Efficient and effective asset protection can often be achieved by the creation of offshore trusts because creditors cannot generally access trust assets. Unless the value of your assets is modest, offshore trusts and similar offshore corporate vehicles may well be your answer.
What is an offshore trust?
A trust involves three parties: the Settlor, the Trustee and the Beneficiary/ies.
When a trust is created, the Settlor (ie. our client) gives property and/or money to the Trustee to hold on trust for the Beneficiaries. The Trustee is then the legal owner of that property or money and has various legal and administrative duties in their role as Trustee. The Beneficiaries are entitled to money or property in accordance with the terms of the Trust Deed.
A trust can be created to protect assets from unforeseen risks and claims from others. However, the settlor (the individual establishing the trust) must not be insolvent otherwise creditors may still be able to access the funds.
In the case of an offshore trust, the Trustee is not resident in Canada and is usually a foreign financial institution. This means the trust will not be taxed under the Canadian tax system but under the country where the trust is held – usually a tax haven where no tax is paid. (However, see below for What are the tax consequences?)
Offshore trusts are also completely confidential. The Trustee must operate and manage the Trust in such a way as to retain complete confidentiality so that the trust cannot be discovered.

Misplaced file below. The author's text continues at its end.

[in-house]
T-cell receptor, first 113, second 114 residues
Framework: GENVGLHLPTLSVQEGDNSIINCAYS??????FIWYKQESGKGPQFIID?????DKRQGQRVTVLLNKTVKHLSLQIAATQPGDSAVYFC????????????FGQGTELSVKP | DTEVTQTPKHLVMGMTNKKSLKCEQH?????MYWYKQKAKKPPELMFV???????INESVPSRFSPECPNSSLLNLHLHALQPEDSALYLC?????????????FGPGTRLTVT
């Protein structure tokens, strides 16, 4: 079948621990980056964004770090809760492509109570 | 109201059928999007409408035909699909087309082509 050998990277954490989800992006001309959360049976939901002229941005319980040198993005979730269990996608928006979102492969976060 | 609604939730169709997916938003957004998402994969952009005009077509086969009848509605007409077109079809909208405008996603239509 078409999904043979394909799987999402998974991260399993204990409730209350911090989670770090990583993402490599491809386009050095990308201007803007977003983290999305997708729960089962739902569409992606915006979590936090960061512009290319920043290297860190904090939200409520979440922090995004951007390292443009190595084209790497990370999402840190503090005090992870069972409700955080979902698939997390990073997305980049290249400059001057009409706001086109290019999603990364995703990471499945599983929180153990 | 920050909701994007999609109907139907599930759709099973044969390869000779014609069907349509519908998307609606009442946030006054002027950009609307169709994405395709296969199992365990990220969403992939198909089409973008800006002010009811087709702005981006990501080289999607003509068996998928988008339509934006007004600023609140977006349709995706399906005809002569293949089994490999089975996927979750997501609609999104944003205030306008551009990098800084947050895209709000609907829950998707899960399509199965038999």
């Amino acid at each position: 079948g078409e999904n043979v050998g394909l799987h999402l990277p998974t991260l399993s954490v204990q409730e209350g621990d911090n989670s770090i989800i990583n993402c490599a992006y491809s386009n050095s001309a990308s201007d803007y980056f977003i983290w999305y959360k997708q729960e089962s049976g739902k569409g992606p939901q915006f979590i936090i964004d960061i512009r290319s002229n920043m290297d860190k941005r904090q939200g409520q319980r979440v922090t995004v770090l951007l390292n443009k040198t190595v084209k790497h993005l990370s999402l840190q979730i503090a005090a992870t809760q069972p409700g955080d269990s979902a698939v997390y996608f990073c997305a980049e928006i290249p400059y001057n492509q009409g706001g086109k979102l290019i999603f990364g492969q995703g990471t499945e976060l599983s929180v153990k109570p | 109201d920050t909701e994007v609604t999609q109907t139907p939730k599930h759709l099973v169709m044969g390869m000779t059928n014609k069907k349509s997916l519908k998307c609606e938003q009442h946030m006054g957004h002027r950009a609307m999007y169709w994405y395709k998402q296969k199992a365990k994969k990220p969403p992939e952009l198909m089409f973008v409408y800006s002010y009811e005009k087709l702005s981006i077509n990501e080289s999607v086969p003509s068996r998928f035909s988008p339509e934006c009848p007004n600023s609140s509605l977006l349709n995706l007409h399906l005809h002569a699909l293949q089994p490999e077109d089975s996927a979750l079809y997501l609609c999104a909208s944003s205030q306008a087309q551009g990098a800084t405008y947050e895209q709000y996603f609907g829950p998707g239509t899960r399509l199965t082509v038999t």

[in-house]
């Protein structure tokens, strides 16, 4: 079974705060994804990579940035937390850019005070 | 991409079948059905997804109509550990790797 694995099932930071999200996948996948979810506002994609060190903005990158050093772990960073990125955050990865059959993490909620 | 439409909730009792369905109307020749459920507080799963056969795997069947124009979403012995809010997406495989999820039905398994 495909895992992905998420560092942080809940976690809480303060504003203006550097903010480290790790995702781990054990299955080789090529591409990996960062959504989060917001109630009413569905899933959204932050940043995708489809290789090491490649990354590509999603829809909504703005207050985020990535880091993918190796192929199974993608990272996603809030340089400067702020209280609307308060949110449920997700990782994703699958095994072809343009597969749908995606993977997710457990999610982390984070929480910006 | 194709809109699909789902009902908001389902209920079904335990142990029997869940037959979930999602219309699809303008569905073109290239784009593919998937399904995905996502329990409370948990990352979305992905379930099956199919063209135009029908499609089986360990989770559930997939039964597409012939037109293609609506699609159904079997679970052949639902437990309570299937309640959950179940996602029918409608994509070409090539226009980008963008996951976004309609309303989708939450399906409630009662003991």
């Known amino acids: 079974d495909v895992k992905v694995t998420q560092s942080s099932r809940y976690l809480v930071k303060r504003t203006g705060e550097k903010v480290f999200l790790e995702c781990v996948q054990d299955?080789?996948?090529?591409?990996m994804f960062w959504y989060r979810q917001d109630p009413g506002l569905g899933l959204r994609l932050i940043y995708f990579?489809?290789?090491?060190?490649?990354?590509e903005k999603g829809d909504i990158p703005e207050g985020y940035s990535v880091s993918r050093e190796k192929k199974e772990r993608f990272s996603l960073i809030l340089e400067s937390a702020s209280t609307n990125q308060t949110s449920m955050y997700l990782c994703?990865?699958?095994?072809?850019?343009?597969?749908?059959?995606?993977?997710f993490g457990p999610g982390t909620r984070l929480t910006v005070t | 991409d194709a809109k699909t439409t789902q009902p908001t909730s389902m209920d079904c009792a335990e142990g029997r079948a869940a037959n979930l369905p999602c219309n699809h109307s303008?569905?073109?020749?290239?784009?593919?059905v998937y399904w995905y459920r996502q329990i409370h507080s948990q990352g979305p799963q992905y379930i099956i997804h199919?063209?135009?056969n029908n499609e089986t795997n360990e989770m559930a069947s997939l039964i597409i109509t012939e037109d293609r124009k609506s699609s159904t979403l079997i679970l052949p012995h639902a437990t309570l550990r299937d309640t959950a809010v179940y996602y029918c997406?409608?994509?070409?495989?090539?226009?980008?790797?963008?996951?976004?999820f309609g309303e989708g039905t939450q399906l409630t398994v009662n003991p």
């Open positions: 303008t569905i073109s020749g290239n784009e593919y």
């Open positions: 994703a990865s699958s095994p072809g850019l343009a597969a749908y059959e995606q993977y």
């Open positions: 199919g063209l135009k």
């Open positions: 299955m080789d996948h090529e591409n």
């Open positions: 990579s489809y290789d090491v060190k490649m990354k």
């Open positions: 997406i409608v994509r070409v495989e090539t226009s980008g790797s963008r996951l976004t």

What is a trust deed?
The trust deed governs the administration of the trust property including how and when the Trust can be terminated. It operates for the benefit of the Beneficiaries. Within the Trust Deed, the Trustee declares they that it holds the trust property subject to certain conditions (the terms of the Trusts) for the benefit of the Beneficiaries.
The Trustee must abide by the terms of the Trust Deed.
What are the tax consequences?
It is important to understand that Canadians are taxed in Canada on their worldwide income. This includes offshore trusts.
Until a few years ago, many Canadians effectively used offshore trusts to reduce their tax burden – but whilst offshore trusts can protect an individual’s wealth from creditors, they are no longer immune from the Canadian tax authorities’ reach as a general rule.
There is an exception in the case of immigrants coming into Canada whose family overseas establish a family or ‘granny’ trust to benefit children and grandchildren. Foundations may also be a suitable alternative. There are few other exceptions to the general rule, and we will talk you through how the current tax regime would apply in your case.
How can we help?
Our asset protection lawyers are highly experienced in both onshore and offshore jurisdictions. Our practice head, Andrew Rogerson, is an internationally known, award winning asset protection specialist barrister with many years’ practical experience in offshore jurisdictions. Contact us now to find out how an offshore trust can secure your assets for future generations of your family to enjoy.